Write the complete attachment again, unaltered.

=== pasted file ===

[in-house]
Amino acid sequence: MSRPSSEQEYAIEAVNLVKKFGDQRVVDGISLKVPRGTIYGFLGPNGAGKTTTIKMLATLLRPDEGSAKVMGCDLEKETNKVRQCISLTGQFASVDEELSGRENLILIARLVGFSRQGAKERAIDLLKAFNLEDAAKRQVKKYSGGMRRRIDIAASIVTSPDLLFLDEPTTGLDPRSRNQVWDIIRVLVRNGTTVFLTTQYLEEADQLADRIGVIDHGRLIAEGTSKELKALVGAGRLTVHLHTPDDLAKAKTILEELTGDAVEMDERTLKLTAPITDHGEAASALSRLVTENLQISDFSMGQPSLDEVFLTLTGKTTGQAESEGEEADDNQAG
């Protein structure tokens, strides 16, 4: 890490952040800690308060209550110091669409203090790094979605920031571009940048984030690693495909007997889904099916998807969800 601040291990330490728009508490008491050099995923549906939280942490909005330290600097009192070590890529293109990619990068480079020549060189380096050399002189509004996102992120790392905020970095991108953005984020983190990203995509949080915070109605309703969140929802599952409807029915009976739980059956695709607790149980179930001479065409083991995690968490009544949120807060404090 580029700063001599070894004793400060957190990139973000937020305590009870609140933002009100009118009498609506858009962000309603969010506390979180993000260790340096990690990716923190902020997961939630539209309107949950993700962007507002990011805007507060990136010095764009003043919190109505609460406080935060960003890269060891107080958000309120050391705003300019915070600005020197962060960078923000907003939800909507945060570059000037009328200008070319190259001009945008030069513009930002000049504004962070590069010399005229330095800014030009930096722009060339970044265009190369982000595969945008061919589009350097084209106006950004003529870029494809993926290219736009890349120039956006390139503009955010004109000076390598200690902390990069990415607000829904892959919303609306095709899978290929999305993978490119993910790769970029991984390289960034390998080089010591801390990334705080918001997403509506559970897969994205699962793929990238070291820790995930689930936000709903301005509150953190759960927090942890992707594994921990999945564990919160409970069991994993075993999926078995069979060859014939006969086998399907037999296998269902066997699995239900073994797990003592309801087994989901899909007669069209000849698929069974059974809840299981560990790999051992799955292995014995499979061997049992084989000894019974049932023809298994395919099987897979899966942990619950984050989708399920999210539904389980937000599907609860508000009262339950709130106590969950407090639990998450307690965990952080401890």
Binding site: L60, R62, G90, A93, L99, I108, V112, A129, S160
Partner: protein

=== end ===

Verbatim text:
[in-house]
Amino acid sequence: MSRPSSEQEYAIEAVNLVKKFGDQRVVDGISLKVPRGTIYGFLGPNGAGKTTTIKMLATLLRPDEGSAKVMGCDLEKETNKVRQCISLTGQFASVDEELSGRENLILIARLVGFSRQGAKERAIDLLKAFNLEDAAKRQVKKYSGGMRRRIDIAASIVTSPDLLFLDEPTTGLDPRSRNQVWDIIRVLVRNGTTVFLTTQYLEEADQLADRIGVIDHGRLIAEGTSKELKALVGAGRLTVHLHTPDDLAKAKTILEELTGDAVEMDERTLKLTAPITDHGEAASALSRLVTENLQISDFSMGQPSLDEVFLTLTGKTTGQAESEGEEADDNQAG
């Protein structure tokens, strides 16, 4: 890490952040800690308060209550110091669409203090790094979605920031571009940048984030690693495909007997889904099916998807969800 601040291990330490728009508490008491050099995923549906939280942490909005330290600097009192070590890529293109990619990068480079020549060189380096050399002189509004996102992120790392905020970095991108953005984020983190990203995509949080915070109605309703969140929802599952409807029915009976739980059956695709607790149980179930001479065409083991995690968490009544949120807060404090 580029700063001599070894004793400060957190990139973000937020305590009870609140933002009100009118009498609506858009962000309603969010506390979180993000260790340096990690990716923190902020997961939630539209309107949950993700962007507002990011805007507060990136010095764009003043919190109505609460406080935060960003890269060891107080958000309120050391705003300019915070600005020197962060960078923000907003939800909507945060570059000037009328200008070319190259001009945008030069513009930002000049504004962070590069010399005229330095800014030009930096722009060339970044265009190369982000595969945008061919589009350097084209106006950004003529870029494809993926290219736009890349120039956006390139503009955010004109000076390598200690902390990069990415607000829904892959919303609306095709899978290929999305993978490119993910790769970029991984390289960034390998080089010591801390990334705080918001997403509506559970897969994205699962793929990238070291820790995930689930936000709903301005509150953190759960927090942890992707594994921990999945564990919160409970069991994993075993999926078995069979060859014939006969086998399907037999296998269902066997699995239900073994797990003592309801087994989901899909007669069209000849698929069974059974809840299981560990790999051992799955292995014995499979061997049992084989000894019974049932023809298994395919099987897979899966942990619950984050989708399920999210539904389980937000599907609860508000009262339950709130106590969950407090639990998450307690965990952080401890």
Binding site: L60, R62, G90, A93, L99, I108, V112, A129, S160
Partner: protein